Palaeolithic & Mesolithic & Neolithic Periods (250,000 – 31000 BC) of Egyptian History

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The Palaeolithic Period (250,000 BC)

The Palaeolithic Period. The earliest indications of man in the Nile Valley are in the lower sands and gravels of the ЗОm Wadi and river terraces of Upper Egypt and Nubia dated c 250,000 BC. Primitive hand-axes, flakes and cores were used, similar to those found in Europe in the Lower Palaeolithic. At this time the whole of North Africa was habitable and hunters ranged over a wide area. Towards the end of the period, c 25,000 BC. the climate underwent a drastic change and the grass steppes turned to desert, causing the early man to withdraw towards sources of water, either in the oases or in the Nile Valley. This later culture, known as the Sebrilian from its type—station near ‘Azbat al-Sabil in the Kom Ombo Basin, was centred in Upper Egypt and Nubia close to the Nile.

stone pounders

By the Upper Sebilian period (16,000—10,000 BC), the Nile bed had sunk about 3m below its present level, due to increasing aridity. The kitchen middens of the people of this period contain broken and charred animal bones, freshwater shells and stone pounders and grinders Other Late Palaeolithic sites have been found on the edge of the Eastern Delta, at Abu Suwayr, Shibin al-Qanatir near the Ismailiyyah Canal, and at Heliopolis, near Cairo, while Khargah Oasis, in the Western Desert, has also yielded remains. At Kom Ombo and Qaw, human bones were found among those of animals. The fauna included both riverine and desert types, the Cave hyena (Crocuta hyaena subsp.), lions (Felis leo subsp.), wild horses and asses (Equus spp.) hippopotami (Hippopotamus), pigs (Sus) and short- and long-horned oxen (Bos spp.). Many animals then found in the Egyptian area now only occur further S in Africa or have become extinct.

Mesolithic Period (10,000—5000 BC) – Egypt History

The Mesolithic Period (10,000—5000 BC). The population of Egypt at this time comprised a number of different groups of semi-nomadic fishers and hunters who lived in comparative isolation one from another. One of the earliest sites was found in 1871 at Halwan near Cairo and this has marked links with the well-established Natufian culture of Palestine and Syria. Similar finds have been made near Qus in Upper Egypt. The blade industries missing from the Upper

Palaeolithic became common. Other Mesolithic sites are known from Wadi Angabiyyah, called al-‘Umari after its finder, and also from the Fayyum. It is possible that the last survivors of these hunting bands were the men who executed rock-carvings in the cliffs overlooking the Nile Valley, and in the wadi beds leading to the Red Sea, in Nubia and Upper Egypt.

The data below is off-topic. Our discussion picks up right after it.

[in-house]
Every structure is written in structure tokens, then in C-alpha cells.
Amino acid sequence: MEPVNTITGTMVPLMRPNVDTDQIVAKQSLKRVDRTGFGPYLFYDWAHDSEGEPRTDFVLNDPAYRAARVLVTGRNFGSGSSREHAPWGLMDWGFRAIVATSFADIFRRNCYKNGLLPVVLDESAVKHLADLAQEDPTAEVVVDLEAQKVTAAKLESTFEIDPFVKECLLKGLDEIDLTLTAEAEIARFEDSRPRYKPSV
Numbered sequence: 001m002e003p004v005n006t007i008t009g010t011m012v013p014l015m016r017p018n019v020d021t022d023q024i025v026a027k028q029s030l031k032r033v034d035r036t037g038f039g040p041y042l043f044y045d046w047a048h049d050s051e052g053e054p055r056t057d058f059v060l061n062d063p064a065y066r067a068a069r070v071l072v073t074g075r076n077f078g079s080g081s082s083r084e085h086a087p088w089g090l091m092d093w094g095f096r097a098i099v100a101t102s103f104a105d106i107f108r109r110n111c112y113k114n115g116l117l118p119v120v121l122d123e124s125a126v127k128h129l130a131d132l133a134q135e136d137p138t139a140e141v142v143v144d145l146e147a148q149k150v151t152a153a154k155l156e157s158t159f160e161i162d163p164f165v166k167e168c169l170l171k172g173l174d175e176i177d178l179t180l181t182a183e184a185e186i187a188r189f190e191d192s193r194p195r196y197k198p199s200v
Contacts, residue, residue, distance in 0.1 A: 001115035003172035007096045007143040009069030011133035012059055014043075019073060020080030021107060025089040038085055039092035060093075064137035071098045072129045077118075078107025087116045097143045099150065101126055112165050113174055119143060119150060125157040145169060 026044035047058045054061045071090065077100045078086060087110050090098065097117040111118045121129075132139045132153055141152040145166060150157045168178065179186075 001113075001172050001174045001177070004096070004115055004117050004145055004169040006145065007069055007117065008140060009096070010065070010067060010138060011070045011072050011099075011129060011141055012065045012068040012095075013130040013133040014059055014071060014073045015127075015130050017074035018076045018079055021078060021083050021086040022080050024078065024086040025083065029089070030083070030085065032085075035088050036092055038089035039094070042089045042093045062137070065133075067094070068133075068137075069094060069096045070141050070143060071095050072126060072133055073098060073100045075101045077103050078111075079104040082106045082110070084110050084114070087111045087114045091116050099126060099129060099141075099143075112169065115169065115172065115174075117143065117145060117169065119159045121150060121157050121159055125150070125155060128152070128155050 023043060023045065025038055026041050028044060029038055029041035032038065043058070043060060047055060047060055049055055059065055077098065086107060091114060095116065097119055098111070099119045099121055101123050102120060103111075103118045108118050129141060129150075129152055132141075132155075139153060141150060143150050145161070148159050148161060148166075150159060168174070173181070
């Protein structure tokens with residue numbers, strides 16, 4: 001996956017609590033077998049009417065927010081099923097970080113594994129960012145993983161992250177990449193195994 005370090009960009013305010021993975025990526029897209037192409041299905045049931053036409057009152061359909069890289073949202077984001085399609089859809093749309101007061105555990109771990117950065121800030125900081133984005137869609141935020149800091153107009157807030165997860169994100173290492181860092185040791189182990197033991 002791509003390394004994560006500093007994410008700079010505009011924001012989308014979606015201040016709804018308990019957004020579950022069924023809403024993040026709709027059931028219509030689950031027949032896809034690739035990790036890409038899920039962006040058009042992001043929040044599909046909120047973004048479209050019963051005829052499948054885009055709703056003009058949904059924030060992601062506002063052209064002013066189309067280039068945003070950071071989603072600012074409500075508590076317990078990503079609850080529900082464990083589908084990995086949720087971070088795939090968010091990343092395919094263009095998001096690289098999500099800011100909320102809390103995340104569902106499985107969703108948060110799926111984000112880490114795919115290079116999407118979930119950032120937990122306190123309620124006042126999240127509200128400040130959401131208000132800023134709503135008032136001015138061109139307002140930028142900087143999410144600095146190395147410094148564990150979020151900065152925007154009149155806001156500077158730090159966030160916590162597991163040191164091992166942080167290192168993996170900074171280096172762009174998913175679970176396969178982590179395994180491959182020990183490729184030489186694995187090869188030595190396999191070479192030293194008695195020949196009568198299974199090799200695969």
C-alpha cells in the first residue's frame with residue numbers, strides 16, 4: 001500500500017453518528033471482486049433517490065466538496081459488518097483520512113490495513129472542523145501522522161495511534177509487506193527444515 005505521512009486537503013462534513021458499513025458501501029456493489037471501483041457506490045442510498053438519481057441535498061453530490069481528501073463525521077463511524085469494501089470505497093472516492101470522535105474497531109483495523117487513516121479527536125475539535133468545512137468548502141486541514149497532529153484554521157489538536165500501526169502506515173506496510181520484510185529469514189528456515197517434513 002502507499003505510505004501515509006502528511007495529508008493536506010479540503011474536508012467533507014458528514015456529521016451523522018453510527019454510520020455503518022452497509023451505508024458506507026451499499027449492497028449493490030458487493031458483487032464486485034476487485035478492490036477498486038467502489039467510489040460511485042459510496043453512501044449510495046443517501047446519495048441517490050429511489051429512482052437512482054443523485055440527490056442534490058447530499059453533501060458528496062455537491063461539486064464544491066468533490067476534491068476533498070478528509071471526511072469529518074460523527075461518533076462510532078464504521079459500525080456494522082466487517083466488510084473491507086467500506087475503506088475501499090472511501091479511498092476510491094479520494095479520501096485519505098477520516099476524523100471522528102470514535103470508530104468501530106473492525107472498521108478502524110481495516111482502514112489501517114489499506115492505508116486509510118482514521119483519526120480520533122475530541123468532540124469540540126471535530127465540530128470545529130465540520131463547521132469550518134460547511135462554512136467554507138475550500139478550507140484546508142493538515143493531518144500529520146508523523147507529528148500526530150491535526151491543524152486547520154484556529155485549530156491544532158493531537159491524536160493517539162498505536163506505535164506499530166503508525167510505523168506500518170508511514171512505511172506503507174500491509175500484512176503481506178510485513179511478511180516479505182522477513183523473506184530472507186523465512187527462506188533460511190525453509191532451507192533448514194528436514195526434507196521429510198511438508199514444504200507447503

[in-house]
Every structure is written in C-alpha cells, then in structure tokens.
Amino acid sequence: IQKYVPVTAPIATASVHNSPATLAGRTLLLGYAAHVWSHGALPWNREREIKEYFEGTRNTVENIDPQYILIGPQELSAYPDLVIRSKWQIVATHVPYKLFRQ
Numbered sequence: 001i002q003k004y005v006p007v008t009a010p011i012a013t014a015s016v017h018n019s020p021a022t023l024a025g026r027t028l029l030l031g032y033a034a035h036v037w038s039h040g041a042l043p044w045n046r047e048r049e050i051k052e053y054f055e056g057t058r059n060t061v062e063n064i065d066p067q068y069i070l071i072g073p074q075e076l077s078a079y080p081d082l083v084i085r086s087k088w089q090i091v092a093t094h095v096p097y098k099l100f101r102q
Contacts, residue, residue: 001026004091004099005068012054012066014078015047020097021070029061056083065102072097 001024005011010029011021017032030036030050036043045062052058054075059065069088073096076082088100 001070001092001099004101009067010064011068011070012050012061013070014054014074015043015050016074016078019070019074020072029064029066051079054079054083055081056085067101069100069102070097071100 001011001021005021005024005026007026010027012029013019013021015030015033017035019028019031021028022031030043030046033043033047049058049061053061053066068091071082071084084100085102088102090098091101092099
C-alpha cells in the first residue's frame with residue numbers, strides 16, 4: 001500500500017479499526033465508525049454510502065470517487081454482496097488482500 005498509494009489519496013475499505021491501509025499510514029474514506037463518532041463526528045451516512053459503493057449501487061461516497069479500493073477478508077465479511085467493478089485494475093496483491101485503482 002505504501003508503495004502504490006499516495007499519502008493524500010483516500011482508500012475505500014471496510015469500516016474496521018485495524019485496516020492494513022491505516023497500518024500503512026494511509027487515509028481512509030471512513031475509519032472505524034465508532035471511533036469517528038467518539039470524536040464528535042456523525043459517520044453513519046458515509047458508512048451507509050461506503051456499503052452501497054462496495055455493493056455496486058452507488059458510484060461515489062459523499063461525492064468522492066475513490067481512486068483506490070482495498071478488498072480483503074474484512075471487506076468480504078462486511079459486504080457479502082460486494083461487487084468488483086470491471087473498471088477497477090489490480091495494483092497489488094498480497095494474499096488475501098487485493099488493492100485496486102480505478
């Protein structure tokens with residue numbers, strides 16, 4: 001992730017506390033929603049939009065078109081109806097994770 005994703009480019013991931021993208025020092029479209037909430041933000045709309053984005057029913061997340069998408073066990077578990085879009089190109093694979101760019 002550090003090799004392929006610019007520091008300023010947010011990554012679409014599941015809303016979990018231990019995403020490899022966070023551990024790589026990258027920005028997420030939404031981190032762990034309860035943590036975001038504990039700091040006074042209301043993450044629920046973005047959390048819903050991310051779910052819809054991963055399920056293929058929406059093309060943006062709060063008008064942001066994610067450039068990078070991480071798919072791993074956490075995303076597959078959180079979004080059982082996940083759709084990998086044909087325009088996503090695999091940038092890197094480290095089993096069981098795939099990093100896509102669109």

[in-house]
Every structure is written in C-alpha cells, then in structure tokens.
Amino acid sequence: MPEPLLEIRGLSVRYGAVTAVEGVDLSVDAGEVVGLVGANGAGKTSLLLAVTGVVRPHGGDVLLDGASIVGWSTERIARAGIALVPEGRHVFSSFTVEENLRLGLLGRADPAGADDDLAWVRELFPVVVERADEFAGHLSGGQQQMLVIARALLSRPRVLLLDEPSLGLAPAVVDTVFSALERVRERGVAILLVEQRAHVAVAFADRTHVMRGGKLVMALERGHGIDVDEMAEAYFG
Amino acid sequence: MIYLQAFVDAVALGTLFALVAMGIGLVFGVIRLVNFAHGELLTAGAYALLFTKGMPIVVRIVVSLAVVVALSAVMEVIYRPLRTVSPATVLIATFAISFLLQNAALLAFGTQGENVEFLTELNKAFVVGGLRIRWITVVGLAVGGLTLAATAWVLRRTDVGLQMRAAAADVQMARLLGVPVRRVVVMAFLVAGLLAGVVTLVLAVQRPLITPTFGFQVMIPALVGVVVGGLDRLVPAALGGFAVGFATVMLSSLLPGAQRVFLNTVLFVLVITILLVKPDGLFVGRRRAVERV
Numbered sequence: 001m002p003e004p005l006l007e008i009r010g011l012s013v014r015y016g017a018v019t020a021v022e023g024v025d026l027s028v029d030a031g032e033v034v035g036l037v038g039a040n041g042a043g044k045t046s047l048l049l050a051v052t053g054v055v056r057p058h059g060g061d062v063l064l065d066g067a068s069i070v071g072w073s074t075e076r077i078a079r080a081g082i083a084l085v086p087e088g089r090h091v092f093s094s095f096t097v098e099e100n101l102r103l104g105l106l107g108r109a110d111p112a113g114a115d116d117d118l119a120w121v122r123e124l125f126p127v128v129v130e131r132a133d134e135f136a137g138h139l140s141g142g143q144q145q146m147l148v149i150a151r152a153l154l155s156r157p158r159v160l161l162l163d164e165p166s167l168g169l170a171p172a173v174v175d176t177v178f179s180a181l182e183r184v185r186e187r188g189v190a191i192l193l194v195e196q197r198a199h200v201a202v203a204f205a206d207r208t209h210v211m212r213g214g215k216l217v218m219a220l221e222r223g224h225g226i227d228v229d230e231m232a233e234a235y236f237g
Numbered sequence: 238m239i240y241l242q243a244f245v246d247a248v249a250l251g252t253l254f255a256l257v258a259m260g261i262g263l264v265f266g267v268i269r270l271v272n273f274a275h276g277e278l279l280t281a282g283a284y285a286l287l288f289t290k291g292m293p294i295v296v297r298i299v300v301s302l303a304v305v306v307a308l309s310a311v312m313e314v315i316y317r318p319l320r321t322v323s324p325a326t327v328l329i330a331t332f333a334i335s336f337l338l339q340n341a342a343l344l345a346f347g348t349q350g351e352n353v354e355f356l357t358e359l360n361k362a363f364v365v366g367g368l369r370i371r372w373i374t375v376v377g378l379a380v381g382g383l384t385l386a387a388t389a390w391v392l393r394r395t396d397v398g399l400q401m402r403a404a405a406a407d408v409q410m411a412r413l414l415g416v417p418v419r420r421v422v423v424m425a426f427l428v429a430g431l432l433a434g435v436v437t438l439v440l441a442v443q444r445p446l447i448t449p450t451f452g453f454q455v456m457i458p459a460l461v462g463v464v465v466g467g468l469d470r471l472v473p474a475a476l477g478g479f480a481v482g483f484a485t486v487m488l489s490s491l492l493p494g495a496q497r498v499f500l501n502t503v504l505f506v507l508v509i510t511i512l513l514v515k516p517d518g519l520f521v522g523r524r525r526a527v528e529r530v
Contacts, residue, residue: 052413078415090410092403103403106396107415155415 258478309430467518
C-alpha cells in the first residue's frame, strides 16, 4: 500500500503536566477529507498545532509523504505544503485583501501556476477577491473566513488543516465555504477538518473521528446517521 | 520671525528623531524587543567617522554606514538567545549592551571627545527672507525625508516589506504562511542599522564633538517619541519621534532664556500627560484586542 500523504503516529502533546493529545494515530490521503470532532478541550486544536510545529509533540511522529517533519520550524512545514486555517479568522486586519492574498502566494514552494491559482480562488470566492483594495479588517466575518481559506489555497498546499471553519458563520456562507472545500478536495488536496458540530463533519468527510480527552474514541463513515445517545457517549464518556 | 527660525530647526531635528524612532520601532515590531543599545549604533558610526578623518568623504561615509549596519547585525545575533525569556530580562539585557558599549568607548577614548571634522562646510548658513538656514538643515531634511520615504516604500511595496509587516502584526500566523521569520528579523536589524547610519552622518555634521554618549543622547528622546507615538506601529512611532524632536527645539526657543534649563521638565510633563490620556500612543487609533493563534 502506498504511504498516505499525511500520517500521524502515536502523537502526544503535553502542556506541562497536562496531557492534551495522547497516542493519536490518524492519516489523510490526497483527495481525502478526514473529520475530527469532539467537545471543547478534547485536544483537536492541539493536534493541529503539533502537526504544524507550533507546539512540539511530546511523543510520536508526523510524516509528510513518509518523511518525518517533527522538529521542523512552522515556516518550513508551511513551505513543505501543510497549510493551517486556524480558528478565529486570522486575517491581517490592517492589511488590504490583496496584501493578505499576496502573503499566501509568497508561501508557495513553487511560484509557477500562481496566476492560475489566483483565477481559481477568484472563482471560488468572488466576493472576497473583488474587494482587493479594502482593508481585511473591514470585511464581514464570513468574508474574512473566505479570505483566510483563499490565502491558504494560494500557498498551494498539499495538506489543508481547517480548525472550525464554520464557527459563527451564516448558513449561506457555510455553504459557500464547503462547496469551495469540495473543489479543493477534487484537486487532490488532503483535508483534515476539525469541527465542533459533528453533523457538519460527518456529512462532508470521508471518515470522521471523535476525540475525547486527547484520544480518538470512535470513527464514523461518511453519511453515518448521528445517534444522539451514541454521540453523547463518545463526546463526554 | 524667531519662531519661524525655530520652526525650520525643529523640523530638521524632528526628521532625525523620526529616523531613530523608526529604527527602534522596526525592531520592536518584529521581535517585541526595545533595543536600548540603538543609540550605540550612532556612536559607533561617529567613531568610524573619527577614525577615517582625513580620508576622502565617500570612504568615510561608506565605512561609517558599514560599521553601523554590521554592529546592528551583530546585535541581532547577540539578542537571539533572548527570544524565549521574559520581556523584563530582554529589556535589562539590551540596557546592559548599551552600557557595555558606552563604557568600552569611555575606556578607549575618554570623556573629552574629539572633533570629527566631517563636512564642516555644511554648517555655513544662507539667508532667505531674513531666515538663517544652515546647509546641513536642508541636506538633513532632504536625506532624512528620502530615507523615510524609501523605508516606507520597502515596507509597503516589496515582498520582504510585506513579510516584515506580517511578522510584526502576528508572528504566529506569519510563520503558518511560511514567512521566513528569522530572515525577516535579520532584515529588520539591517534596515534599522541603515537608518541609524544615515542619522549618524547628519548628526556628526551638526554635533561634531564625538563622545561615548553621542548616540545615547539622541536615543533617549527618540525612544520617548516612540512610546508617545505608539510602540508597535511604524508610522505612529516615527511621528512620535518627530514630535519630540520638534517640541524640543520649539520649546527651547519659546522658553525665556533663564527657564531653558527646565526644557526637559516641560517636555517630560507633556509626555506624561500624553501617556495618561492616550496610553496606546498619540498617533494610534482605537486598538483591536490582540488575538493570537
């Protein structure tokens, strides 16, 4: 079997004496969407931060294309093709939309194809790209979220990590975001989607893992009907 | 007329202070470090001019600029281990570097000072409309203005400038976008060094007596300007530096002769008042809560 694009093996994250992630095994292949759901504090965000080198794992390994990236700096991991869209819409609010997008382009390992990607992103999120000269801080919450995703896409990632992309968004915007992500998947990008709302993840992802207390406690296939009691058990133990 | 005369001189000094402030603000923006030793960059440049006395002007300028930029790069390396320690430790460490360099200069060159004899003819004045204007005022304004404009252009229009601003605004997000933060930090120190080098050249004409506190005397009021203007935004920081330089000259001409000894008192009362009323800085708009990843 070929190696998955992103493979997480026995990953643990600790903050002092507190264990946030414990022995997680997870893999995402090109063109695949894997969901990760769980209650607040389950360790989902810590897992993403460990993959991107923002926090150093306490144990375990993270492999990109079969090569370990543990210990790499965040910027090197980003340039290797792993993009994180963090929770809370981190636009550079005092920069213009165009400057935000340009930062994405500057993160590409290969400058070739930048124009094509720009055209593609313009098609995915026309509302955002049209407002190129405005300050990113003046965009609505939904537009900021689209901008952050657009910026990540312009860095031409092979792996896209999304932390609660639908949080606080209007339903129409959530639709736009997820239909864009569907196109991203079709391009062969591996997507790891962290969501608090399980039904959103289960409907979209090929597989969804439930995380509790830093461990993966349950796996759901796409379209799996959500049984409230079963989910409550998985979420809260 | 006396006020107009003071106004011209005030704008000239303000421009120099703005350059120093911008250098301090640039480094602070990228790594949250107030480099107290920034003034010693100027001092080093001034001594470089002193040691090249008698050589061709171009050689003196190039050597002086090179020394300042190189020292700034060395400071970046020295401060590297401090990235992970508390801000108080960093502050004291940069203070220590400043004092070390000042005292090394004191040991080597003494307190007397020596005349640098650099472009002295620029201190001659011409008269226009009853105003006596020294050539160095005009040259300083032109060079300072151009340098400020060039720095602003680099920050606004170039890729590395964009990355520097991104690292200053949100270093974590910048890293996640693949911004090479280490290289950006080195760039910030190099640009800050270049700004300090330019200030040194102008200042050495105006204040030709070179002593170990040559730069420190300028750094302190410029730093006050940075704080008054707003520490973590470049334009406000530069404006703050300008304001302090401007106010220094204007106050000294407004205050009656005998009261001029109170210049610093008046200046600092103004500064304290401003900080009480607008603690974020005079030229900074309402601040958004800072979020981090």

The Neolithic Period

The Neolithic Period provides the first positive evidence of the growing of cereal crops. Settlements have been found in the Fayyum on the edge of the Western Desert, strung out along the side of the lake, from Dimay to Kom Aushirn, and also in Middle Egypt. It has not so far been suggested that Egypt was a major source of the cultivation of plants or of the domestication of animals. The most important species of both categories seem to have been introduced from Western Asia. Climatic conditions improved in the 6 Millenium BC, and a moist interval probably facilitated agriculture and stock breeding. Fishing was also an important part of these early farmers’ economy as harpoons and fish spears have been found. Their huts seem to have been mere primitive windbreaks, of which only the post holes survive along with the ashes of their hearth fires. Weaving was practised linen and flax have been found, as well as spindle whorls.

Pottery was already in use and most tools and weapons were of flint. The wild game appears to have been abundant and included hippopotami (Hippopotamus), elephant (Loxodonta), wild pig (Sus) and goat (Capra). Paradoxically, the earliest settlements in the Fayyum (Fayyum A) seem to have been more agriculturally advanced than the later Fayyum B people who reverted primarily to hunting and fishing, probably for climatic reasons. Settlements in the oases of Siwah and Khargah have close affinities with these people. After 5000 BC there was a settlement, at Merimda Bani Salamah in the Western Delta, ranking as one of the largest prehistoric settlements in Egypt. It occupied an area of some 2 sq. km with a population of about 16,000. A radio-carbon date has given c 4130 BC for the early level, although this method of dating in Egypt has not proved entirely satisfactory. Other settlements have been found at al-‘Umari and at al-Ma’adi, now a suburb of Cairo. The latter was defended by a stout palisade, while in the cemeteries bodies were buried in a characteristic contracted position. There are marked cultural links between these people and the early Chalcolithic people of Southern Palestine. Palettes, so typical of later Predynastic settlers, were already in use. Much work remains to be done on Egyptian prehistory as attention has mainly been focused on the more remunerative historic periods.

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